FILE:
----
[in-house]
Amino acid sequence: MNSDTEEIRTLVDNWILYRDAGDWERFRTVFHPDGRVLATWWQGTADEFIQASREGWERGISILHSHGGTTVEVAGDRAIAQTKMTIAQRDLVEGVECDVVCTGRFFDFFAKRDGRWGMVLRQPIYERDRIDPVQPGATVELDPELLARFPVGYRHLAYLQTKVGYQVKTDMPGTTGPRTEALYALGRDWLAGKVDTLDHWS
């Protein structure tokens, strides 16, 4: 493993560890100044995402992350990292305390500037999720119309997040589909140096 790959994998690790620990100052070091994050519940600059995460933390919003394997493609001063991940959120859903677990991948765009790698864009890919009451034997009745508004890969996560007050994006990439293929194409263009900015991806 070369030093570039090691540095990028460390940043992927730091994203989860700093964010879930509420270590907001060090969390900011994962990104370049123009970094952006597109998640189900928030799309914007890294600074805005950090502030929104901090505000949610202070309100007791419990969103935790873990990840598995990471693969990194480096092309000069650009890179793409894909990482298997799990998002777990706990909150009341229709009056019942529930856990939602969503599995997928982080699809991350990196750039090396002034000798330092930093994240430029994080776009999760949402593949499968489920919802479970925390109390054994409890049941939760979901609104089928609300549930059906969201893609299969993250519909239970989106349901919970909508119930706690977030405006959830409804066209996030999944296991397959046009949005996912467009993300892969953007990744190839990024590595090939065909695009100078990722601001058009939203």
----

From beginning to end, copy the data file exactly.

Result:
[in-house]
Amino acid sequence: MNSDTEEIRTLVDNWILYRDAGDWERFRTVFHPDGRVLATWWQGTADEFIQASREGWERGISILHSHGGTTVEVAGDRAIAQTKMTIAQRDLVEGVECDVVCTGRFFDFFAKRDGRWGMVLRQPIYERDRIDPVQPGATVELDPELLARFPVGYRHLAYLQTKVGYQVKTDMPGTTGPRTEALYALGRDWLAGKVDTLDHWS
């Protein structure tokens, strides 16, 4: 493993560890100044995402992350990292305390500037999720119309997040589909140096 790959994998690790620990100052070091994050519940600059995460933390919003394997493609001063991940959120859903677990991948765009790698864009890919009451034997009745508004890969996560007050994006990439293929194409263009900015991806 070369030093570039090691540095990028460390940043992927730091994203989860700093964010879930509420270590907001060090969390900011994962990104370049123009970094952006597109998640189900928030799309914007890294600074805005950090502030929104901090505000949610202070309100007791419990969103935790873990990840598995990471693969990194480096092309000069650009890179793409894909990482298997799990998002777990706990909150009341229709009056019942529930856990939602969503599995997928982080699809991350990196750039090396002034000798330092930093994240430029994080776009999760949402593949499968489920919802479970925390109390054994409890049941939760979901609104089928609300549930059906969201893609299969993250519909239970989106349901919970909508119930706690977030405006959830409804066209996030999944296991397959046009949005996912467009993300892969953007990744190839990024590595090939065909695009100078990722601001058009939203």